“There two schools of thought over release dates," says Towle. "The studio wants the album out as soon as possible because it’s a teaser for the film. But no soundtrack album's marketing campaign is going to outweigh the push for the film itself, so record labels usually want to release the album almost the same day as the film or even slightly after it to take advantage of our media efforts. In those cases, we are prepping the market for the soundtrack instead of the soundtrack prepping the market for the film. The usual compromise that works for everybody is to release the album the Tuesday before the film's Friday release."
Digital releases — less costly to produce and quicker to bring to market — are becoming alternatives for studios in this day of the shrinking soundtrack market. Focus tried this approach with the soundtrack to the musical comedy Hamlet 2. “We wanted to get the soundtrack out quickly,” says Towle, “and we owned enough of the music. Also, the songs are funny and lyrically complex; we knew people would want to hear them over and over again.”
Focus partnered with a New York-based digital aggregator and distribution company called The Orchard to digitally self-release the Hamlet 2 album. Focus prepped the album and art while The Orchard worked to upload the soundtrack to digital retailers (like iTunes) and helped create digital download cards (which were handed out at ComicCon that year). The digital album went on sale in late July 2008, a full two months before the physical soundtracks were available. "We determined that the audience might be a little younger for this film, so digital downloads would most likely generate the most sales,” says Towle. "We were really pleased with our marketing flexibility and the ability to get the soundtrack to market earlier than usual."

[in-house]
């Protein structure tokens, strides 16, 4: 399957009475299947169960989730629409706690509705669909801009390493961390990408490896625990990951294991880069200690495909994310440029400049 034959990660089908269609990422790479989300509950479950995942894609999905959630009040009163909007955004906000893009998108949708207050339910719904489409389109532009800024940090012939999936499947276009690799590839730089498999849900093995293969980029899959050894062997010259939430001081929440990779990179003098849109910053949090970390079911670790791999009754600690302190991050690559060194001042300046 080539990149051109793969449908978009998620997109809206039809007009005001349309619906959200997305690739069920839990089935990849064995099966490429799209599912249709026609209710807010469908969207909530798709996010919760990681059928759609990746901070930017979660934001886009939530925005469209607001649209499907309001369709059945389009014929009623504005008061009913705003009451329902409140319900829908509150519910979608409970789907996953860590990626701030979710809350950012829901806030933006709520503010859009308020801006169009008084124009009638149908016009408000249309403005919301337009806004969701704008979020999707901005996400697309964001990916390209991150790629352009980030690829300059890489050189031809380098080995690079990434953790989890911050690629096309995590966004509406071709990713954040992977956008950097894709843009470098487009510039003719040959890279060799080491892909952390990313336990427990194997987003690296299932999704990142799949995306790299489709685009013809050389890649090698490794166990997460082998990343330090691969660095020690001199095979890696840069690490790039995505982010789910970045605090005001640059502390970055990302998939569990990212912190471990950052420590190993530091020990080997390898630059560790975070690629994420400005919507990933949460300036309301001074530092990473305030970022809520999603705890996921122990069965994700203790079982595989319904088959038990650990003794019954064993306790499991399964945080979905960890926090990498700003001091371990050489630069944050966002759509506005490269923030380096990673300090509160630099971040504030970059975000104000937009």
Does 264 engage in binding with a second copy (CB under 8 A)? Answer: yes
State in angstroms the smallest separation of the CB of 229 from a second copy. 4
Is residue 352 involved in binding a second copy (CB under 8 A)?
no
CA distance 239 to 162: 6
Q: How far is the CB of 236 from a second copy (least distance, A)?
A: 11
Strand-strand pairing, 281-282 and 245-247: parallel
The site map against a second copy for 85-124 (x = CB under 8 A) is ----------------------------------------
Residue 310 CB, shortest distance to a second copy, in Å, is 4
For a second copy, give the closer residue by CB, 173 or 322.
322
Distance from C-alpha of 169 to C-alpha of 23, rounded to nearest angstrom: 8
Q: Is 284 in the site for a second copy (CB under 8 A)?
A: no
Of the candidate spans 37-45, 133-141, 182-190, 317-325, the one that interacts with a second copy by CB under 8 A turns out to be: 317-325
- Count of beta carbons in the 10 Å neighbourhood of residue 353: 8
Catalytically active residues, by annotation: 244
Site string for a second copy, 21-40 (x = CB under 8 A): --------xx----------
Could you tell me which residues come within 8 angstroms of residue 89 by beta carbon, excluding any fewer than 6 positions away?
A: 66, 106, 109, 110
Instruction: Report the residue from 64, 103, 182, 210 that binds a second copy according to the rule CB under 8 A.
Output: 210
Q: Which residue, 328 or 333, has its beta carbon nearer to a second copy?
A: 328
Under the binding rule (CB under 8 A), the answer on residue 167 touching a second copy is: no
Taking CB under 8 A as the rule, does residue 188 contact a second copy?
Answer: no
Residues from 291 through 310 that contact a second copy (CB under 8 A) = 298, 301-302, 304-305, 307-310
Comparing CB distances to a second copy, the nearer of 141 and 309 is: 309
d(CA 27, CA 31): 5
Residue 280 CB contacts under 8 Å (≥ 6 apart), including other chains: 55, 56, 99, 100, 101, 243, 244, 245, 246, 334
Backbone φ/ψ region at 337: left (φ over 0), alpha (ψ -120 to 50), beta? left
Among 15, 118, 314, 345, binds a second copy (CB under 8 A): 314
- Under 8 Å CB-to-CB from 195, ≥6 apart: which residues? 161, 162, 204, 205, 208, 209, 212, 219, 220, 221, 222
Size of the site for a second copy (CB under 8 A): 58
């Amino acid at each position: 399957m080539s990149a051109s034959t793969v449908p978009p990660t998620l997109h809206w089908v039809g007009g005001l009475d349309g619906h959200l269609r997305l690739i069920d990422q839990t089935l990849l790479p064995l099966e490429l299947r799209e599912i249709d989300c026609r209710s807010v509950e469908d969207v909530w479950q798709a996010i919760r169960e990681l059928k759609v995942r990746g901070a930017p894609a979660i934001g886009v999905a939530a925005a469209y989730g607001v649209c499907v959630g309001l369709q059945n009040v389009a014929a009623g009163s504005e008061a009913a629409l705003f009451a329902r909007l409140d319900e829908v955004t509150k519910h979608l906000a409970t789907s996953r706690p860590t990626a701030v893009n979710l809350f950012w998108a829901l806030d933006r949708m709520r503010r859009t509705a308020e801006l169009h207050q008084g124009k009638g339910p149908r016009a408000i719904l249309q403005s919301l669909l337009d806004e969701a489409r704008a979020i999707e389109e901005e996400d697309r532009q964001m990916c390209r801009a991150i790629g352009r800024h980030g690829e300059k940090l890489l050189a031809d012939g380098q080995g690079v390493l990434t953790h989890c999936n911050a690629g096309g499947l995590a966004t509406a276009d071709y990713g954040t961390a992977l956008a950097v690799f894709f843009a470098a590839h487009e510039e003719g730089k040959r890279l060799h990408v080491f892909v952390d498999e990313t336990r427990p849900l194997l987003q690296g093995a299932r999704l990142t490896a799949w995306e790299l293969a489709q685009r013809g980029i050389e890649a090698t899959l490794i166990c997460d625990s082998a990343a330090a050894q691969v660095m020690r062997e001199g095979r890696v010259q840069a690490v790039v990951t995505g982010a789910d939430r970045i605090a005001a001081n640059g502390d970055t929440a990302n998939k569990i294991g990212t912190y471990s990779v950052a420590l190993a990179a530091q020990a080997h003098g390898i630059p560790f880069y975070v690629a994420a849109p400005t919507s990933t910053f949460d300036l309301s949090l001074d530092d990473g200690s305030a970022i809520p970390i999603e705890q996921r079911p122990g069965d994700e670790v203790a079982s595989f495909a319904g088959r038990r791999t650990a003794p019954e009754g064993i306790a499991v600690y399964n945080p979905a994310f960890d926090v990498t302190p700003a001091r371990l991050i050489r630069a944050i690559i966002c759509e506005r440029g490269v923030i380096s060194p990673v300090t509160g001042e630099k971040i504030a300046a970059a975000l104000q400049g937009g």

Although Focus doesn’t often release films with new music by high profile recording artists, that’s exactly what happened with the soundtrack of its next film. Noah Baumbach’s Greenberg is scored by James Murphy, the creative force behind electro dance funk band LCD Soundsystem. The soundtrack is being released on Virgin less than two months before the next LCD Soundsystem record drops. There was some initial concern that the soundtrack would compete with the LCD record, but the material is so different that it’s become a non-issue. Murphy has written music that’s very much in keeping with the story and the film’s Southern California vibe, blending easily with source cues by the Steve Miller Band, Albert Hammond, Duran Duran and the Sonics. Within the movie, the music unobtrusively supports the scenes but on record the songs have a real charm all their own. Explains Towle, “When scoring a film, composers craft for the scene, but often when they deliver the tracks for the soundtrack, they mix and edit those pieces for the audio-only experience of an album. Murphy’s original tracks for Greenberg work as both fantastic score cues and full-on album songs — he did a great job as both a composer and recording artist.”